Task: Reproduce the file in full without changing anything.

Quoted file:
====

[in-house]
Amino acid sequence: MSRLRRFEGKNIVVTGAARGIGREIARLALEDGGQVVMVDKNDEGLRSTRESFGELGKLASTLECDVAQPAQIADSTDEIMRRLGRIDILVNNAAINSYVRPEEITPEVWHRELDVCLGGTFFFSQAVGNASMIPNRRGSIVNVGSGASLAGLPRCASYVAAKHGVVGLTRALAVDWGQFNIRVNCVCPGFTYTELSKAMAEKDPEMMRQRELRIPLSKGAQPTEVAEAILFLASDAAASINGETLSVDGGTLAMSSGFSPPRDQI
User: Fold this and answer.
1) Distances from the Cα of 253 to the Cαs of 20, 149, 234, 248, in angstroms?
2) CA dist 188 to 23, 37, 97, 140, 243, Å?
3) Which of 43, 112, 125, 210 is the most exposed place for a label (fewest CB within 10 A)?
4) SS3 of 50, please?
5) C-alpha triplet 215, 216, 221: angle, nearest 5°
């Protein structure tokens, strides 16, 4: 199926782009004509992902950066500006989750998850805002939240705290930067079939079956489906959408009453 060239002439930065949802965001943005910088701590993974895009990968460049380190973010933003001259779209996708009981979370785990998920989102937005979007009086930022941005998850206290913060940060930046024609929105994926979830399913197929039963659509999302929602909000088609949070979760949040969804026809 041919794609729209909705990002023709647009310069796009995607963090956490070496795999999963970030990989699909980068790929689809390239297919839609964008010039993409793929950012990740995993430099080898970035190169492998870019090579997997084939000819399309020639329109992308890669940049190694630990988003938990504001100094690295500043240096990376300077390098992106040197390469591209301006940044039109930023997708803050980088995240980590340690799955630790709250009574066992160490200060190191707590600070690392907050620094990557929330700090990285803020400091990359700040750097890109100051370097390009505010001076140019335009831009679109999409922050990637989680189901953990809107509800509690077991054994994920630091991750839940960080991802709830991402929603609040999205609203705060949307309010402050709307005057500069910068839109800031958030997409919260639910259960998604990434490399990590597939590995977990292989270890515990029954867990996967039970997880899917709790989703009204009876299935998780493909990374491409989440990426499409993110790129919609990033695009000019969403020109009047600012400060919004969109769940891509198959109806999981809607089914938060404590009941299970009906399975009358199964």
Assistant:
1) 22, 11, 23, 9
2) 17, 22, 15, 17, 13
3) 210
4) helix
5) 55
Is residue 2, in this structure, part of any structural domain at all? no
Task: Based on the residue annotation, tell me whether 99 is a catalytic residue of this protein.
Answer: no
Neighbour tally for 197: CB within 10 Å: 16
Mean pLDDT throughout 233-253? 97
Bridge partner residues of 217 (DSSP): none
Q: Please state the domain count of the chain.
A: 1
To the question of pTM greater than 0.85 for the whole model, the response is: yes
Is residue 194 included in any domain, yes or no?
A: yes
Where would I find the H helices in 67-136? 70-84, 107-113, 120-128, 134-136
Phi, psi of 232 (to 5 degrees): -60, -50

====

[in-house]
Amino acid sequence: MSRLRRFEGKNIVVTGAARGIGREIARLALEDGGQVVMVDKNDEGLRSTRESFGELGKLASTLECDVAQPAQIADSTDEIMRRLGRIDILVNNAAINSYVRPEEITPEVWHRELDVCLGGTFFFSQAVGNASMIPNRRGSIVNVGSGASLAGLPRCASYVAAKHGVVGLTRALAVDWGQFNIRVNCVCPGFTYTELSKAMAEKDPEMMRQRELRIPLSKGAQPTEVAEAILFLASDAAASINGETLSVDGGTLAMSSGFSPPRDQI
User: Fold this and answer.
1) Distances from the Cα of 253 to the Cαs of 20, 149, 234, 248, in angstroms?
2) CA dist 188 to 23, 37, 97, 140, 243, Å?
3) Which of 43, 112, 125, 210 is the most exposed place for a label (fewest CB within 10 A)?
4) SS3 of 50, please?
5) C-alpha triplet 215, 216, 221: angle, nearest 5°
């Protein structure tokens, strides 16, 4: 199926782009004509992902950066500006989750998850805002939240705290930067079939079956489906959408009453 060239002439930065949802965001943005910088701590993974895009990968460049380190973010933003001259779209996708009981979370785990998920989102937005979007009086930022941005998850206290913060940060930046024609929105994926979830399913197929039963659509999302929602909000088609949070979760949040969804026809 041919794609729209909705990002023709647009310069796009995607963090956490070496795999999963970030990989699909980068790929689809390239297919839609964008010039993409793929950012990740995993430099080898970035190169492998870019090579997997084939000819399309020639329109992308890669940049190694630990988003938990504001100094690295500043240096990376300077390098992106040197390469591209301006940044039109930023997708803050980088995240980590340690799955630790709250009574066992160490200060190191707590600070690392907050620094990557929330700090990285803020400091990359700040750097890109100051370097390009505010001076140019335009831009679109999409922050990637989680189901953990809107509800509690077991054994994920630091991750839940960080991802709830991402929603609040999205609203705060949307309010402050709307005057500069910068839109800031958030997409919260639910259960998604990434490399990590597939590995977990292989270890515990029954867990996967039970997880899917709790989703009204009876299935998780493909990374491409989440990426499409993110790129919609990033695009000019969403020109009047600012400060919004969109769940891509198959109806999981809607089914938060404590009941299970009906399975009358199964």
Assistant:
1) 22, 11, 23, 9
2) 17, 22, 15, 17, 13
3) 210
4) helix
5) 55
Is residue 2, in this structure, part of any structural domain at all? no
Task: Based on the residue annotation, tell me whether 99 is a catalytic residue of this protein.
Answer: no
Neighbour tally for 197: CB within 10 Å: 16
Mean pLDDT throughout 233-253? 97
Bridge partner residues of 217 (DSSP): none
Q: Please state the domain count of the chain.
A: 1
To the question of pTM greater than 0.85 for the whole model, the response is: yes
Is residue 194 included in any domain, yes or no?
A: yes
Where would I find the H helices in 67-136? 70-84, 107-113, 120-128, 134-136
Phi, psi of 232 (to 5 degrees): -60, -50